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Criticism of GIS in Archaeology

Criticism of GIS in Archaeology


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Where in the early stage of GIS archaeology criticism already existed, mainly focusing on the simplistic equation of spatial correlation to meaningful association, fundamental concerns were raised within the framework of post-processual (influenced by a humanistic take on social sciences) archaeology of the early 80’s. The concepts and applications of GIS were criticized mainly because they failed to account for symbolic, individual and cognitive factors in the explanation of spatial patterns. One of the post-processual criticisms is that the ecological approach placed too much emphasis on the economic aspects of the landscape, eventually resulting in environmental determinism: the environment determines human behaviour. Individual perception or religious motivations which might lie behind the choice of a specific place or area were not adequately taken into account. It was realized that, in fact, the human mind in the past might even have had very different perceptions of place, space and its relationship to both, and couldn’t be modelled within the limitations of a GIS. Studies in this period, applying a humanistic approach to space argued, and to a certain degree demonstrated, that the spatial patterning in archaeological materials were not easy to explain on the basis of environmental factors. There was a growing consensus that human behaviour could not be explained objectively just by looking at the physical aspects of the environment and therefore not easily predicted. Grave doubt was cast on the ‘universal’ aspect of human behaviour, eventually resulting in skepticism about any rule-based approach. The realization steadily grew that human conduct was the result of many complex factors which were not simply translated into spatial models, and that this was highly dependent on contextual factors. Mainly in the use of predictive modelling, these criticisms weighed heavy. Consequently, analytical approaches using GIS have developed into increasingly sophisticated applications, where these criticisms are taken into account in various degrees of success.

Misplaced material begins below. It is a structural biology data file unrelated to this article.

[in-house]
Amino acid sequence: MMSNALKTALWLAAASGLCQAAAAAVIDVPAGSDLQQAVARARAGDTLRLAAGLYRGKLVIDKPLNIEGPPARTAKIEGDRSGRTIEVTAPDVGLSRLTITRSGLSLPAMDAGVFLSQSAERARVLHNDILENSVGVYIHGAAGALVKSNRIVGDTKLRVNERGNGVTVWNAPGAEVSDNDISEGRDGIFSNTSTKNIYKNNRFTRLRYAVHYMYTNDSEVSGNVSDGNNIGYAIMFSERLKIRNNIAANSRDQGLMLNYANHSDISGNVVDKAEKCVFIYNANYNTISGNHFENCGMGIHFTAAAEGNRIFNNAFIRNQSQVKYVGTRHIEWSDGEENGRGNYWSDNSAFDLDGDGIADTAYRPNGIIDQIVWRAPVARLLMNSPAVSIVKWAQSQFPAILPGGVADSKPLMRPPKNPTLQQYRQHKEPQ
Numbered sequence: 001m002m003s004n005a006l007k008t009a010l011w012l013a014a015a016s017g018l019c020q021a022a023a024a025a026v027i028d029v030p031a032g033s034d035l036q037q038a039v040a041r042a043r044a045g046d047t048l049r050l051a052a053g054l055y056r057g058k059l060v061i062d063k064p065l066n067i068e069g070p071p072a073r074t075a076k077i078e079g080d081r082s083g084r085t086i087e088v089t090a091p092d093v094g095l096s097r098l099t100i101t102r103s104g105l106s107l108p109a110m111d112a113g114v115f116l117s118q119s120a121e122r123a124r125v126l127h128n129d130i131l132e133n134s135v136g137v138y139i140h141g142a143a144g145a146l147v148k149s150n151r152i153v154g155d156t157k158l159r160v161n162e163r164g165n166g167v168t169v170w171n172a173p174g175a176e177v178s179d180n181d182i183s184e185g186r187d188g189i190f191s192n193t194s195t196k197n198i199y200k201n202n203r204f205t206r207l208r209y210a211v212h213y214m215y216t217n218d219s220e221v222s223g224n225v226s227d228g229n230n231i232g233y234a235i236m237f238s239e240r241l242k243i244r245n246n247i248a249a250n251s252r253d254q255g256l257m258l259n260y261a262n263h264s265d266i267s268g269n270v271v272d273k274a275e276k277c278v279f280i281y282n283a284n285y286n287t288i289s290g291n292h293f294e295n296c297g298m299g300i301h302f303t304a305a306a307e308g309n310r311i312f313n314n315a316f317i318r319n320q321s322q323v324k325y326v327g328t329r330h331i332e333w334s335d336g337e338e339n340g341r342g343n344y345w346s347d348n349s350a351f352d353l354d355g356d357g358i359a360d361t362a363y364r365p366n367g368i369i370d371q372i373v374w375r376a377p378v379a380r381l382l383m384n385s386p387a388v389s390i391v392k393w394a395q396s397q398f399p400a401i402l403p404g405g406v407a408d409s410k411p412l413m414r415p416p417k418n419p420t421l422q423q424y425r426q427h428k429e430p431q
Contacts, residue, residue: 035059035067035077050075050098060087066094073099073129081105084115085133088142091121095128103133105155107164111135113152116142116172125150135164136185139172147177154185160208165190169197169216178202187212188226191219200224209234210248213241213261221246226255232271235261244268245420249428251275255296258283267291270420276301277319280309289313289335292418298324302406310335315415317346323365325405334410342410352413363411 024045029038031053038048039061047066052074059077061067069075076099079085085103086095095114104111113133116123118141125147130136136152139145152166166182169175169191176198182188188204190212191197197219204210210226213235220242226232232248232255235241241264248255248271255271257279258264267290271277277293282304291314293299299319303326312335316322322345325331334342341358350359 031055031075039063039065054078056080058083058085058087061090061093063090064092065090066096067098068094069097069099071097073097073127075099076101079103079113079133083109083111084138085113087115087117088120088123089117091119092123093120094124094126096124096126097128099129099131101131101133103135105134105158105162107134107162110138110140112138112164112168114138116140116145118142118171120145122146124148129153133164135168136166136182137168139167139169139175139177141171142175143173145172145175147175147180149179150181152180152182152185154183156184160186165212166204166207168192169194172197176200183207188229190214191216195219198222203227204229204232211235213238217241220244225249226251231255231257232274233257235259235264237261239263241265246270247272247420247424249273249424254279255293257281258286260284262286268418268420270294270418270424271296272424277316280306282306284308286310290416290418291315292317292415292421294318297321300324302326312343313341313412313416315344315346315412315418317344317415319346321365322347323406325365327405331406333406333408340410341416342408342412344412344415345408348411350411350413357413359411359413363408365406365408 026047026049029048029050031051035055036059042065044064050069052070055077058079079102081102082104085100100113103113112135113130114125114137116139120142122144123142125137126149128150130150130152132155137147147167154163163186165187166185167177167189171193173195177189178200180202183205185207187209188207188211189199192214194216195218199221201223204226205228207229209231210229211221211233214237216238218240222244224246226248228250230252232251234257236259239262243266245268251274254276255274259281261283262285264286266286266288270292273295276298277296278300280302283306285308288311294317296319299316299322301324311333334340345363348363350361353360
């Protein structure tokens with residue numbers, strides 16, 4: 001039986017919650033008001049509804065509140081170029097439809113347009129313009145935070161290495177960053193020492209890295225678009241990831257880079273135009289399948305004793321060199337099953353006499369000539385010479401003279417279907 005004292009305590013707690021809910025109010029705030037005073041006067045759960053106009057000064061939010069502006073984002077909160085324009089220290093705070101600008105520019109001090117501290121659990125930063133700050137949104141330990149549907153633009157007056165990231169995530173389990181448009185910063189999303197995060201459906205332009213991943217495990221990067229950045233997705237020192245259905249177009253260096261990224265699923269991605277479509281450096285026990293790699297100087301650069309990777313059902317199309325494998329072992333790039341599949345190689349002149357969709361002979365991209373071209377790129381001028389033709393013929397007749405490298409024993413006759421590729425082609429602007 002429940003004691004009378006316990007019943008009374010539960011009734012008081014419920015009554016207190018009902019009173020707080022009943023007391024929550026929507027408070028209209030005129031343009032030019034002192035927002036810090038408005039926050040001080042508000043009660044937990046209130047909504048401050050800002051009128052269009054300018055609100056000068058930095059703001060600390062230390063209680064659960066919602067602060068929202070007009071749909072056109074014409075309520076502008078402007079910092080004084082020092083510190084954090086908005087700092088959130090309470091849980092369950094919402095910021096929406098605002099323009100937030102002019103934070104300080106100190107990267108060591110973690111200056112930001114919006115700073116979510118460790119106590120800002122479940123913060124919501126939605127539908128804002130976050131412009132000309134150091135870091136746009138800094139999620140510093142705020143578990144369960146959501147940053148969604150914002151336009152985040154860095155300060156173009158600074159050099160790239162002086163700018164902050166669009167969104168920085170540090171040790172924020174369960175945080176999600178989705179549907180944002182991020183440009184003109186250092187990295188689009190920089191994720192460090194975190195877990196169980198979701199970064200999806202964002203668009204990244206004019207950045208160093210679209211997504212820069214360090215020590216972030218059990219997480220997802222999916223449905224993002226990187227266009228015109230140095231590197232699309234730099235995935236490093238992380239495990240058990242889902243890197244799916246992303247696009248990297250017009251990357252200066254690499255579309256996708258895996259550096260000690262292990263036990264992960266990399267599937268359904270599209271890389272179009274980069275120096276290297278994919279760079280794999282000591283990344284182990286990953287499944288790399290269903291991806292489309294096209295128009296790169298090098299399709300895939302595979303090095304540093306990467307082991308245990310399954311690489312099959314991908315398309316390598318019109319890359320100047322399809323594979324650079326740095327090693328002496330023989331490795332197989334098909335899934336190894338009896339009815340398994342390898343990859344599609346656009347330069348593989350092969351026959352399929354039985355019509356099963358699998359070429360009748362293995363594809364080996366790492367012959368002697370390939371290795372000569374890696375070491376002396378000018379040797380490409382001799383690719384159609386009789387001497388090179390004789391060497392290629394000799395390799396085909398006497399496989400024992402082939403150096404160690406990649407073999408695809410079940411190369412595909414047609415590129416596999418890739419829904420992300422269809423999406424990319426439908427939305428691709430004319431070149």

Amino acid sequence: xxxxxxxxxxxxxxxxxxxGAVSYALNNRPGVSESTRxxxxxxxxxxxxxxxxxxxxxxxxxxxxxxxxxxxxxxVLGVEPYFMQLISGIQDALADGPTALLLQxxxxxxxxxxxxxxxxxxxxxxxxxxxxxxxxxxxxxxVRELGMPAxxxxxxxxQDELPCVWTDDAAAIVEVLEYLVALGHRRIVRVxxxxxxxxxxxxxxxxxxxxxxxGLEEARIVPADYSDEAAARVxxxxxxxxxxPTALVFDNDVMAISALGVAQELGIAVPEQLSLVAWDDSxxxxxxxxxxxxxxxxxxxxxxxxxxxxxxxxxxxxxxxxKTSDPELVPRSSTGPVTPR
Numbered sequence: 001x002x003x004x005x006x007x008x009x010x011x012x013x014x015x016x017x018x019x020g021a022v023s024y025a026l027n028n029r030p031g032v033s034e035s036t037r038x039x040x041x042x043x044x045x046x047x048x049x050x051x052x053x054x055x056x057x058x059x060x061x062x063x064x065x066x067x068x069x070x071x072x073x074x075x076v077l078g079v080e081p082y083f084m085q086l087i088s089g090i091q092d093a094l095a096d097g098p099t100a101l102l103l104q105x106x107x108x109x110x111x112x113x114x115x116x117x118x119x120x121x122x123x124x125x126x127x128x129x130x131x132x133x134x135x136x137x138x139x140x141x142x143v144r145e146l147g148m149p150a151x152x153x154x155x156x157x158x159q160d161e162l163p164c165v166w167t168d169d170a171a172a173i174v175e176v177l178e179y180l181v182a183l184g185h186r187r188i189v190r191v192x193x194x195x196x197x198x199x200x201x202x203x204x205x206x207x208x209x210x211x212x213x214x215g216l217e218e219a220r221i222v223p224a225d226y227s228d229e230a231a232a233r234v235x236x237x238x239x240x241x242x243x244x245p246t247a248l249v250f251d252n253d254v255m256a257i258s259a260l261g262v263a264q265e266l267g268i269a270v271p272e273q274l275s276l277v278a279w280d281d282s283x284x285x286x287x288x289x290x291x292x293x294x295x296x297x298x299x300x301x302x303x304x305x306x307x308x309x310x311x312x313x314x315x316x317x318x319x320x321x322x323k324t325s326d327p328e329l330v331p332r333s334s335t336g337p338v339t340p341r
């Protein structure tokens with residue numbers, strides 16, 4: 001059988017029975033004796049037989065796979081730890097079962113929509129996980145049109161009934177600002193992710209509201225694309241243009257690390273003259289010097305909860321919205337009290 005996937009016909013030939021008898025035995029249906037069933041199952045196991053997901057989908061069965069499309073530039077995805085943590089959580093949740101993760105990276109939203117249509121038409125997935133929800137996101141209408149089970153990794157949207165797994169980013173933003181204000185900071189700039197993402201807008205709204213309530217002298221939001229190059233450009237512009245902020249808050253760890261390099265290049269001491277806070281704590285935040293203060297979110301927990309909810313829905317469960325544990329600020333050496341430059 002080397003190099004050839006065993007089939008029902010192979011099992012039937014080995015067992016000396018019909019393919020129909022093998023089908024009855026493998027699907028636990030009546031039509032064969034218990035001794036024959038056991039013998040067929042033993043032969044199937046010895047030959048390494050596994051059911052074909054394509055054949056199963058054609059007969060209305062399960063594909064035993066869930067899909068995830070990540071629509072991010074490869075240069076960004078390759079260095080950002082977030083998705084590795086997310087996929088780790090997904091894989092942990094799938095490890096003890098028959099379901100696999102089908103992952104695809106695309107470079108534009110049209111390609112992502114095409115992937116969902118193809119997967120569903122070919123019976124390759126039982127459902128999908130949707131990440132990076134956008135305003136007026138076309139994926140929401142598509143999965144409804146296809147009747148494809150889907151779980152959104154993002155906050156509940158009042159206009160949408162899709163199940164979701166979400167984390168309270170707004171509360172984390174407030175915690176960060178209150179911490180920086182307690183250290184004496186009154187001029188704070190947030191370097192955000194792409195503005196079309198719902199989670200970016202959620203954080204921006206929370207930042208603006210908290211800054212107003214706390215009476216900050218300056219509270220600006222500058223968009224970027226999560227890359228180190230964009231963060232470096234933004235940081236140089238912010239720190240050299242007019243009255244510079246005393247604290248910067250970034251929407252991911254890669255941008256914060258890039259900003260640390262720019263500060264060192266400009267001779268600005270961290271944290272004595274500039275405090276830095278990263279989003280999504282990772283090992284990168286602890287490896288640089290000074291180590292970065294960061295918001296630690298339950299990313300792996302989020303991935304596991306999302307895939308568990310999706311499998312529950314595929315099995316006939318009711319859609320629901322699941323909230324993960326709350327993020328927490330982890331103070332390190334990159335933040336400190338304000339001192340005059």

Research topics: Software & Technology